Five years ago, as the lights dimmed in Rio’s stadiums and the last firework fizzled, all eyes turned to Tokyo.

Japan held their Olympic bid high, heralding a much needed economic restart following the Fukushima Daiichi nuclear disaster of 2011. If they had only known.

Was it too much to ask for a normal Olympics, after the very un-normal year we had? Though, it seems no one knows what ‘normal’ is anymore. It’s become a word devoid of meaning, it’s empty, just like the 2020 Olympics instead taking place in 2021.

Credit: International Handball Federation

In all aspects the Olympics are an empty shell of what we have previously known them to be. Athletes struggle against the pressure of the whole world looking to them for a distraction and Japan itself fights against its fifth wave, with the daunting Delta variant at the forefront.

Japan promised a show and they are doing their level best to deliver on that promise, but numbers don’t lie. Japan’s vaccine rollout has been slow, less than 20% of people have received their first dose. Tokyo declared a state of emergency for the games, but neighbouring prefectures are only in quasi-states of emergency, allowing minimal movement to and from Olympic events.

On the 29th of July 9,000 cases of covid were recorded nationally. Hospitals are full while 3,400 people are waiting for beds. The people of Japan are scared and vocally so. As the opening ceremony began, shouts from protesters could be heard from outside the empty stadium and a petition to cancel the games gathered over 450,000 signatures.

But many don’t understand the issue, the athletes are in a ‘bubble’, unable to leave due to daily testing and social distancing. On top of that, the IOC has reported that 84% of the Olympic Delegates are vaccinated.

So, what’s the big deal? The thing is that while the eyes of the world are distracted by the athletes, the reality is that their attendance has allowed the Delta variant to run for gold. The ‘bubble’ itself is not as secure as many think, with volunteers and workers moving in and out every day, a constant threat that this so called bubble might burst.

The Olympics were supposed to bring money into Japan’s economy, but that’s hard to achieve with closed bars and restaurants, and without movement in the community. While a state of emergency exists in Tokyo, bars are open, and so are restaurants, allowing the virus to spread. While the government had its head, and budget, turned to the Olympics, the virus has crept through the crack.

It’s hard to know what the government will do. With cancelling the games off the table, especially since they are well and truely underway, perhaps this will speed up vaccination, or force a harsher lockdown. Otherwise, we may see the 2020 Olympics become the deadliest yet.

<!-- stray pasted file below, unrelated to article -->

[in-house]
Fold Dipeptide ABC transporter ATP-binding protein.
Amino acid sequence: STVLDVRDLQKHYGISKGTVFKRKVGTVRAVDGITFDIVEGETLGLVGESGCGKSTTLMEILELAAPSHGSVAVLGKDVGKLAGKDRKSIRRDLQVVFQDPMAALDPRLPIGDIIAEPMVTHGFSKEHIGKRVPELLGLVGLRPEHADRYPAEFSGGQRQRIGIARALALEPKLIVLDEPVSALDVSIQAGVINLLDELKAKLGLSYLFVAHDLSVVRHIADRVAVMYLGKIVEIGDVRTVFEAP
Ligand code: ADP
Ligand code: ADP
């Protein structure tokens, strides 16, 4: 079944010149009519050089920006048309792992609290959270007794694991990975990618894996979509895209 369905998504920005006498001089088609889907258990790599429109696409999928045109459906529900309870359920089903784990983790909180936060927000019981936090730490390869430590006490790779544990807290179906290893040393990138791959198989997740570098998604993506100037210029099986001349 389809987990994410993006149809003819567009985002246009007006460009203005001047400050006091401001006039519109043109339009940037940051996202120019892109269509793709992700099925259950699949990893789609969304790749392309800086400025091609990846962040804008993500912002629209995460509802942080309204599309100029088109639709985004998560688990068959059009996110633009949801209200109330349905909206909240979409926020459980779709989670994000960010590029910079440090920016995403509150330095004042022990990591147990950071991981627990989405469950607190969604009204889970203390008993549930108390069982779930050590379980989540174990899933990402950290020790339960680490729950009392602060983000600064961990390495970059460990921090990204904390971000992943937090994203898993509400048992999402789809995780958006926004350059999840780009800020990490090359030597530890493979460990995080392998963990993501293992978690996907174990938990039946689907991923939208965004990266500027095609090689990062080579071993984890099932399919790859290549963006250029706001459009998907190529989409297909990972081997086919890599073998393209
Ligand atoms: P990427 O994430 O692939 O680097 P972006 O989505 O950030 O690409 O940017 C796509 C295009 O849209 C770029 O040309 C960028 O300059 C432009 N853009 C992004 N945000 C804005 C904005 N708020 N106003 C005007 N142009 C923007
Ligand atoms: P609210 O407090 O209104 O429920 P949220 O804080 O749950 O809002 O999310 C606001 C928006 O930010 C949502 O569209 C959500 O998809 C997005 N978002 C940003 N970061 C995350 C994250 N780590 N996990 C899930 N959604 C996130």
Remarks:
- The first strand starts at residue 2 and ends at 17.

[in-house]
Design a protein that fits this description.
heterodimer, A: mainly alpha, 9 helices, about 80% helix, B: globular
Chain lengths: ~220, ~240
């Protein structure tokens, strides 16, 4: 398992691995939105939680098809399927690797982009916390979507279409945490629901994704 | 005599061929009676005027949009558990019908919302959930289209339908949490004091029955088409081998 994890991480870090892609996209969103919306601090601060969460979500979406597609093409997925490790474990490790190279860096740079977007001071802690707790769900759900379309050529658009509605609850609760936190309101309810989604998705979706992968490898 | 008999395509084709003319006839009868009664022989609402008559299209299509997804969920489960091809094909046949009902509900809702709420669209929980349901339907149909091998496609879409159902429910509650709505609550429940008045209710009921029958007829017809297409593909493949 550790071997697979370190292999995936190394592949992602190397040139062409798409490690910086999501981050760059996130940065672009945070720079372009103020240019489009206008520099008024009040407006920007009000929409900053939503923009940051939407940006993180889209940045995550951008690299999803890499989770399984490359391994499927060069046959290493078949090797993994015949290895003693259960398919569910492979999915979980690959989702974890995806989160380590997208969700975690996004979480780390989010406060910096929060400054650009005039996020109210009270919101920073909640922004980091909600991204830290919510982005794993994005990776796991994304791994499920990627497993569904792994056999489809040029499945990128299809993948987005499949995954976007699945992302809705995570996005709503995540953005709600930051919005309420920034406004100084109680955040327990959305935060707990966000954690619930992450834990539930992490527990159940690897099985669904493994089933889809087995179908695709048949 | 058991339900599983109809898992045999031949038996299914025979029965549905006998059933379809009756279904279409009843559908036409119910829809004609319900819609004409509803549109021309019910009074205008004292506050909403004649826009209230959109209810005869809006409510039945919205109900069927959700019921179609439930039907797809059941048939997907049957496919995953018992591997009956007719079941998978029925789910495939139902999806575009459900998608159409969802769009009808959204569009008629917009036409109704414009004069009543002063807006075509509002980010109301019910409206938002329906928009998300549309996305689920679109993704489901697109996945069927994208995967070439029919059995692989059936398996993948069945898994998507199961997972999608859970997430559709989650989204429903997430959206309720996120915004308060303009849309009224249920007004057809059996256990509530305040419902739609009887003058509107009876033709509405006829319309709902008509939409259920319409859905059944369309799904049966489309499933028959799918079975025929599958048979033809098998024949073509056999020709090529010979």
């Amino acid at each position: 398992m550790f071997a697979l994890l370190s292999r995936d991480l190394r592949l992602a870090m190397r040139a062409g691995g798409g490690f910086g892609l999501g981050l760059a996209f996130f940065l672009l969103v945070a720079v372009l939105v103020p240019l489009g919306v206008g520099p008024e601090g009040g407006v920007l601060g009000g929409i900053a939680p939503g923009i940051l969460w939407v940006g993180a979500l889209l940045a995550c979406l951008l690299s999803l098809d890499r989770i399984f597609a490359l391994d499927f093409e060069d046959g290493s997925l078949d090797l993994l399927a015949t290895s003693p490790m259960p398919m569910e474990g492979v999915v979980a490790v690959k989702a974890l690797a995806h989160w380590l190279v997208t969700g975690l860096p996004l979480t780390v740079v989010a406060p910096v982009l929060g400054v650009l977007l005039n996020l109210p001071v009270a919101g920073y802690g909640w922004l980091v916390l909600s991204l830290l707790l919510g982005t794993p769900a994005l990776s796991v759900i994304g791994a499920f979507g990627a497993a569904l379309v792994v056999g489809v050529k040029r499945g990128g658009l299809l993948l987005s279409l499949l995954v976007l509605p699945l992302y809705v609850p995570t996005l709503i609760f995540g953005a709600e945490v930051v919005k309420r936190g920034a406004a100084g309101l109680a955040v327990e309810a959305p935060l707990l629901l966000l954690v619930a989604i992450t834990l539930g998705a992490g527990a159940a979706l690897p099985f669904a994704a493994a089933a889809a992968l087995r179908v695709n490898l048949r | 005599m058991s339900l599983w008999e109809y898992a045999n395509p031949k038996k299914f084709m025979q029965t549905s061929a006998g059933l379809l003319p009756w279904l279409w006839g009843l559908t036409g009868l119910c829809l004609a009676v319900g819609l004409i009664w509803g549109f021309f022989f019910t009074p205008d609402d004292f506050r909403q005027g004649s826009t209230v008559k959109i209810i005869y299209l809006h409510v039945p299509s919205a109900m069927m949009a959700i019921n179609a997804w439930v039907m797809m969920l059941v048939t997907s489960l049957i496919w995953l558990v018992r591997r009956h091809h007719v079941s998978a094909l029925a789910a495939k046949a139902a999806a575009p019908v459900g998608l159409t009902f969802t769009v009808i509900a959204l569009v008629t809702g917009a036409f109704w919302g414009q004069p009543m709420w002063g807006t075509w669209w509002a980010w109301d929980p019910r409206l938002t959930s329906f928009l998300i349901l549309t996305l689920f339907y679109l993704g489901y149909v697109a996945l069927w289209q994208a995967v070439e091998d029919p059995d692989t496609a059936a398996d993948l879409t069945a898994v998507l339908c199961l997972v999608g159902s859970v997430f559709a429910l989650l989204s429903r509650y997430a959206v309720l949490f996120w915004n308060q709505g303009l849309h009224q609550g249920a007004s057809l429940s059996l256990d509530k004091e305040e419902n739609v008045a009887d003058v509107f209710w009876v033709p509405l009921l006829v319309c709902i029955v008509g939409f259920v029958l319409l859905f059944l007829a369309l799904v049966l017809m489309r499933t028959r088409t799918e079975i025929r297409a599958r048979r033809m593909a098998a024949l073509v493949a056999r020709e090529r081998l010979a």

The effect that these empty Olympics have had on the competing athletes has been huge. The thought of even entering the Olympics, travelling to another country, and competing against the best in world is daunting enough. But add a world that desperately needs a distraction, and you’re asking for trouble. This is something that many athletes have already voiced, making it clear that this year, they’re competing for the fans.

For most events, the stadiums have held an almost non-existent audience, which, of course, makes sense given the situation we find ourselves in. However, research has found that empty stadiums have a detrimental effect on athletes, especially those on the home side.

The feeling of not having your support system, whilst competing on the world stage can be soul-crushing. This is what Australian basketball player Liz Cambage indicated when she withdrew from the games before they even began. Cambage said the thought of competing without the support of her friends and family would be ‘terrifying’. Naomi Osaka, similarly, fell out of the run for any medal, much earlier than many thought, and she later conceded that the pressure of these Olympics, was just too much.

Credit: Edgar Su / Reuters

But the real indication of this came when Simone Biles, 4-time Olympic gold medalist and 19-time world champion, withdrew from the Artistic Gymnastic team finals, the all round competition, and 3 out of 4 events in the individual finals. It was clear something was not right when her vault routine took a turn for the worse, with many athletes commenting that it was a miracle she even landed on her feet.

Credit: Lindsey Wasson / Reuters

Biles said the pressure of being one deemed one of the best gymnasts, along with the pressure from covid, had negatively affected her mental health. Her withdrawal from events was her way of prioritising her team’s chances to medal, as well her own mental and physical wellbeing. Biles noted that she was inspired by Osaka’s willingness to admit she was struggling, and felt that meant she too could talk about her own wellbeing. Thankfully, most of the world’s media have only shown support for Biles as she displayed bravery to speak about prioritising her mental health, a topic too many in the sports world shy away from.

As we move through these Olympic Games, and as we cheer on our Olympians, don’t be distracted by the pretty lights. After all, these Olympics have been the hardest on people yet.

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